From the SUAS Feed

Earlier this week a pilot from Idaho was preparing to begin a spray run through a field. Barely visible ahead of him was a small stationary object. He decided it must be a kite since a bird would not remain motionless. As he neared the object, it rapidly shot straight up. The pilot took evasive action but it passed so close to the airplane that he was unsure if it had missed the aircraft and spray system. It was close enough for him to be able to identify the make and model of the quad-rotor unmanned aerial vehicle (UAV). He did not see the vehicle again as he finished the field but he did see the suspected operator/pilot in a car near the field. When he went to the next field, the car followed him where he observed the car’s occupant taking pictures with a hand-held camera.

Full article here: UAV near miss with crop duster

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  • Yes, The AMA covers you, anywhere you legally fly. Provided you are following their prescribed rules. This includes a spotter, with a buddy box, so if you are flying FPV. Probably not.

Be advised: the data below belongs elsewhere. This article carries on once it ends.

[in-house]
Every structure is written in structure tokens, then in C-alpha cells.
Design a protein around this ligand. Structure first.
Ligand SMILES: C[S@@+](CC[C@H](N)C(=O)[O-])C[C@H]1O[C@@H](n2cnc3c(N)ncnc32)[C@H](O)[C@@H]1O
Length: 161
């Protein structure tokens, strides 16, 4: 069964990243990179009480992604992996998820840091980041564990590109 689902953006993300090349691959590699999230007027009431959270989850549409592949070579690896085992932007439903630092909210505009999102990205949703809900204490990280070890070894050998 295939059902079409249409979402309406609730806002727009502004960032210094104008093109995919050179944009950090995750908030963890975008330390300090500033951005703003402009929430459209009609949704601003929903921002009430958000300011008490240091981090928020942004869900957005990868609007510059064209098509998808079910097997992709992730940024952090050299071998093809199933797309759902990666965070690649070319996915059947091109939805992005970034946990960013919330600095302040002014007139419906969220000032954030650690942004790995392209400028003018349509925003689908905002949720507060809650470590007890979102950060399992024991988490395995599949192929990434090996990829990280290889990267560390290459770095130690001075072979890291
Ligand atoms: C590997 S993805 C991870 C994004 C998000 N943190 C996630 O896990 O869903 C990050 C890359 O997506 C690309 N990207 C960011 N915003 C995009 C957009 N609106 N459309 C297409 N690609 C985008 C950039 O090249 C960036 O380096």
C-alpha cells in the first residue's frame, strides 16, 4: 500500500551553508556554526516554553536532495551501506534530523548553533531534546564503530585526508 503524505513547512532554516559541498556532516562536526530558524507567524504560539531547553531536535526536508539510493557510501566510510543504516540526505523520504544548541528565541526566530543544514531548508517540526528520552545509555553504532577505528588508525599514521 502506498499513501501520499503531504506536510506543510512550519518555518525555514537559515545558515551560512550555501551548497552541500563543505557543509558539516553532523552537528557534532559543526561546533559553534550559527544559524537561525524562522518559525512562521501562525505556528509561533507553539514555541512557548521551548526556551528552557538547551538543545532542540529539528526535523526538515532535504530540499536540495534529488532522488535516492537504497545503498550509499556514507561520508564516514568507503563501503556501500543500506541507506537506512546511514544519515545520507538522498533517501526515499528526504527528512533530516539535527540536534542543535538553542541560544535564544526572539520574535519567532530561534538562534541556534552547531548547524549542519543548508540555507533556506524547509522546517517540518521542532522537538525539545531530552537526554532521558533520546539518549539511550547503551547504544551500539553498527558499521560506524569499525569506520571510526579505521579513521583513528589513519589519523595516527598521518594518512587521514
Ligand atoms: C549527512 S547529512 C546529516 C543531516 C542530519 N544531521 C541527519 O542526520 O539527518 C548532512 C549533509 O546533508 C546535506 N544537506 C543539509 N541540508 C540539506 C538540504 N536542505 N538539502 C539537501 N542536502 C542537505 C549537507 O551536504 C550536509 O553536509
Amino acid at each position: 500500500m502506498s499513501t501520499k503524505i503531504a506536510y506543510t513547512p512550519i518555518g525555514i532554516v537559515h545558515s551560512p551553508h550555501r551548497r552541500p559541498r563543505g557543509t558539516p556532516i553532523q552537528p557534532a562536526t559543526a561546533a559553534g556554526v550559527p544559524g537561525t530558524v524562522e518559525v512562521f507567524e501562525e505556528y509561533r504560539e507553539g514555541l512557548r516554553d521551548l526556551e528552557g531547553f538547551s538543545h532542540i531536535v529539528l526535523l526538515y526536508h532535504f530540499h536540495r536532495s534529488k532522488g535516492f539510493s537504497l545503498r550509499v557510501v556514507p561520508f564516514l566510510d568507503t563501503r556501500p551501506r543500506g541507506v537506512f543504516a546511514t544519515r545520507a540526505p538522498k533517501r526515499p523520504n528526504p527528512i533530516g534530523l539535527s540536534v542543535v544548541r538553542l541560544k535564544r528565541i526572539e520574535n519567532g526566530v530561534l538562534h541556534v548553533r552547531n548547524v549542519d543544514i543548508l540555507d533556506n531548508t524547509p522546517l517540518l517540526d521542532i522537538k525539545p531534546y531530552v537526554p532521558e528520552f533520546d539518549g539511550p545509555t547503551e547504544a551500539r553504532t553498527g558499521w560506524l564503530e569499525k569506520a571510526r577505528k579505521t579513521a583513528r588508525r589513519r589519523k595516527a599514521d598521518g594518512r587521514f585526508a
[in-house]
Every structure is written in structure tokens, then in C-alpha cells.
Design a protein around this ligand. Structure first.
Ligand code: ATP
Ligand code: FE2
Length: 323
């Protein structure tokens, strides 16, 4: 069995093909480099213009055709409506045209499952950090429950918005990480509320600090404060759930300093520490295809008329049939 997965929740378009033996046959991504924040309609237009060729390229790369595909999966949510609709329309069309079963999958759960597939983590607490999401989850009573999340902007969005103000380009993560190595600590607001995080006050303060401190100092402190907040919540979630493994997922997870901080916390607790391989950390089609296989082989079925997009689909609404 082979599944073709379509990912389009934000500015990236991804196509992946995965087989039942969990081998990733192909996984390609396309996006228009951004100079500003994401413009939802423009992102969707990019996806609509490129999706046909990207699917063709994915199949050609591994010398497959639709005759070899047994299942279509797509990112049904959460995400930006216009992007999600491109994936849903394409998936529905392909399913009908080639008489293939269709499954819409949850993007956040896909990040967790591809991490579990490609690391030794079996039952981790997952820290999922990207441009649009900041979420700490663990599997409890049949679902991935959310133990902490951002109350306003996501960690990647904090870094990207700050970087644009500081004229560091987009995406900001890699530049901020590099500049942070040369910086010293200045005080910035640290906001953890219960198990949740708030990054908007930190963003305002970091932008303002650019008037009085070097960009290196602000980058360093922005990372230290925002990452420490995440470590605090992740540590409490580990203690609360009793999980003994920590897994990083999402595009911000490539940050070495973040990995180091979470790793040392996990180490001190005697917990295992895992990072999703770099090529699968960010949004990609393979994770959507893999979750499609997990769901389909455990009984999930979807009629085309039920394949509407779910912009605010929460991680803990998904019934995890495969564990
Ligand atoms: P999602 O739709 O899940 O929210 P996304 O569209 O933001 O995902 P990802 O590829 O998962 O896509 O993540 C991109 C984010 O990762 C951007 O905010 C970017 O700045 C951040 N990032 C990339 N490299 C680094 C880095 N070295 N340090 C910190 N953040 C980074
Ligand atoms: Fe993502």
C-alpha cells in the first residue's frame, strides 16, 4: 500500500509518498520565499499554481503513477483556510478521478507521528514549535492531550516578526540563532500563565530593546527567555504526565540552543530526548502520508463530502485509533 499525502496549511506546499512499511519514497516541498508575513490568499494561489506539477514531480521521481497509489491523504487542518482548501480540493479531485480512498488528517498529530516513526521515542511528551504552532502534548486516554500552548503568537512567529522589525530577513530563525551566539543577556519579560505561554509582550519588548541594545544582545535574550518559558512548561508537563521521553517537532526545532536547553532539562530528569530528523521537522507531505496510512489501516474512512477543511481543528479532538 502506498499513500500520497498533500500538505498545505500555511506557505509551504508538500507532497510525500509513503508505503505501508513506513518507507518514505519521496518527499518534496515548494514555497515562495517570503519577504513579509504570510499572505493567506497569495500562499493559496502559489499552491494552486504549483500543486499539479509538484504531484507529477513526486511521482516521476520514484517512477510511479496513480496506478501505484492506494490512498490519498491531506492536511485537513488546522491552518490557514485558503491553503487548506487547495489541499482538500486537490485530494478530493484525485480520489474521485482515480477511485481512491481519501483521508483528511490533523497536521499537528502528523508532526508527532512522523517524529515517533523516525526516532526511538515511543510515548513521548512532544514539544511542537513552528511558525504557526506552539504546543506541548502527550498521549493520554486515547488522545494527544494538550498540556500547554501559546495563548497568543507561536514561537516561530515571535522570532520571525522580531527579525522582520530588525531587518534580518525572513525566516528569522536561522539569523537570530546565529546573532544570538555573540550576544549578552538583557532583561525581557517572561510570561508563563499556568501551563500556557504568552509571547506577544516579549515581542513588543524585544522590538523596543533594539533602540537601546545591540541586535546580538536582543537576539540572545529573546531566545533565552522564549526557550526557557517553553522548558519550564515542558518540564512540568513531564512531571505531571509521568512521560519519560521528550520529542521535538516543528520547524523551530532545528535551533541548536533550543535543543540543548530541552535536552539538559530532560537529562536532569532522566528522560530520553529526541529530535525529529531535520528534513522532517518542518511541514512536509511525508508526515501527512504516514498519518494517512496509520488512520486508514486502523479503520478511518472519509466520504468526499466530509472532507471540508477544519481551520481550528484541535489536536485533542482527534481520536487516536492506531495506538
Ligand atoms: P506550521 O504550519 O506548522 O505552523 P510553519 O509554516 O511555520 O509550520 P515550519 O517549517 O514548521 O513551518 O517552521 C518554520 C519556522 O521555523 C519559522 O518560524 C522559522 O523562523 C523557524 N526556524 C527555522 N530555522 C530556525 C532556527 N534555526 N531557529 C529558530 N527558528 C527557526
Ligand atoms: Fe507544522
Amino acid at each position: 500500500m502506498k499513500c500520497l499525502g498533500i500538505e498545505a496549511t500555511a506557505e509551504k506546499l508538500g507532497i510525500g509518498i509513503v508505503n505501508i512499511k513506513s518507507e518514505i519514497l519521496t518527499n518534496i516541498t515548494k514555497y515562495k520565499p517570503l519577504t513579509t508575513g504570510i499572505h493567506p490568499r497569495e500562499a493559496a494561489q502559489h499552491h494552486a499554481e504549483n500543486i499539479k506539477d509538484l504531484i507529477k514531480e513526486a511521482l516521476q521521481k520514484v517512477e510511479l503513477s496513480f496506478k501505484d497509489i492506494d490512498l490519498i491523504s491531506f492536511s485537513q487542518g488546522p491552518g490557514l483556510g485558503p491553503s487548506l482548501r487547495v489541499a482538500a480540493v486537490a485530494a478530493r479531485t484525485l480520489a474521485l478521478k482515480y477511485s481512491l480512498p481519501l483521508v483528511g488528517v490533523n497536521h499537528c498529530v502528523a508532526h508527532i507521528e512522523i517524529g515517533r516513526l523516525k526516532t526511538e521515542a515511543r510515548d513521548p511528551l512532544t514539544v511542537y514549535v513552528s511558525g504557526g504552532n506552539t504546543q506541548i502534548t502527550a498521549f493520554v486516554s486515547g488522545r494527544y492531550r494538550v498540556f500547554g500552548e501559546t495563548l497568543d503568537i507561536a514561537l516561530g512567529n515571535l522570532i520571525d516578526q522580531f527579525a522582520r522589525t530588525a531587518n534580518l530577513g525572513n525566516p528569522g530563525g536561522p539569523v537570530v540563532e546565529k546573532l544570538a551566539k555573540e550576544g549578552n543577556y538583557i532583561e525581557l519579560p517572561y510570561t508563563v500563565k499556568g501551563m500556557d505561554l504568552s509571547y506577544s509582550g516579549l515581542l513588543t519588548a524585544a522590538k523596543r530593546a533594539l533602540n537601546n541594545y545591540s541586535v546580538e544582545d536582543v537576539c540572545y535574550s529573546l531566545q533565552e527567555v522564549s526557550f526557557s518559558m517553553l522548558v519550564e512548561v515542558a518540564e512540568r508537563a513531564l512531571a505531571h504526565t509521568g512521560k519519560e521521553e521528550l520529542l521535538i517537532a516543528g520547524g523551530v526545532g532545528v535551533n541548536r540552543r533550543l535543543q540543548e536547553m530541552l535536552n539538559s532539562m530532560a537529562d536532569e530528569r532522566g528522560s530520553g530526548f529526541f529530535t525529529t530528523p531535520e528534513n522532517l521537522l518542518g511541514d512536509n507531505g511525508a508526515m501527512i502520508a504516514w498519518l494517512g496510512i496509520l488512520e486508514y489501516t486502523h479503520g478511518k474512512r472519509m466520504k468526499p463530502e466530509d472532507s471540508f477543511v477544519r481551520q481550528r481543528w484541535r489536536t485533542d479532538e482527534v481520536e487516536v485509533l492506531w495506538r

Make no mistake. The AMA is not our friend when it comes to FPV and UAV use. They pretend to be on our side because they are profoundly afraid that we will get line of sight RC banned or restricted  and they may have a right to be scared. They will have no problem what so ever, Throwing us under the buss, if that's what they need to do to protect their right to fly in a circle.

    The AMA, is run by old men who fear what they don't understand and a lot of the folks running it still feel RC is dangerous. These people grew up with control line airplanes literally tethered  to the plane with a cord. The AMA still has Control line category's and even competitions.

    Trying to explain that FPV and UAV is at least as safe as line of sight to these people is a waist of time. They don't understand the technology and frankly are incapable of doing so. I'm an AMA member and I enjoy field flying, mostly because I love those misguided geezers. I'm not trying to be disrespectful. On the contrary, I respect them so much hat line of site RC and RC modeling is my main hobby, just so, I can spend time with them. My FPV has been relegated to outside the field because It's just too tiresome to argue with them about the million, once in a trillion scenarios that my FPV plane could cause some mayhem.